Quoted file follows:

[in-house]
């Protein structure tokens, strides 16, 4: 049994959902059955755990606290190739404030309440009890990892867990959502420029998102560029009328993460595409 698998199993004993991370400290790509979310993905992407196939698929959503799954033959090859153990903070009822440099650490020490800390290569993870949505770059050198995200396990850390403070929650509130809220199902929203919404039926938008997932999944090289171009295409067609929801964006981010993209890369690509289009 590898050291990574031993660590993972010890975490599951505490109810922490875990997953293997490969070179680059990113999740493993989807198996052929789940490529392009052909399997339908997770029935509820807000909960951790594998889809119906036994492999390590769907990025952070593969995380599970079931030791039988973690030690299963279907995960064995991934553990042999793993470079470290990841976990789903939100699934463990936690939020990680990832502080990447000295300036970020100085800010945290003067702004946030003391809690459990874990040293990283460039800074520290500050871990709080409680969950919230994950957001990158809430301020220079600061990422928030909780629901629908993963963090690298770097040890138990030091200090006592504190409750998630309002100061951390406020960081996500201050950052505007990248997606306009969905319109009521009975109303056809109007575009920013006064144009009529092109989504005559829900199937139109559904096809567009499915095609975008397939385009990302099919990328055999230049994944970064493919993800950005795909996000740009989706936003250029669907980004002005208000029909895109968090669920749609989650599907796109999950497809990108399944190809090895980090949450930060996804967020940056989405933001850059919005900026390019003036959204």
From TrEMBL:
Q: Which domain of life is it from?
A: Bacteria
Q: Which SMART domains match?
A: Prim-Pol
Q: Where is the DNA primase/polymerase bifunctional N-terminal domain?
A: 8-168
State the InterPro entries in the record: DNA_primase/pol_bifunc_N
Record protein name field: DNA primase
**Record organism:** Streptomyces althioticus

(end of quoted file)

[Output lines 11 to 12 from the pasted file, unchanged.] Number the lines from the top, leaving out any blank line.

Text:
Record protein name field: DNA primase
**Record organism:** Streptomyces althioticus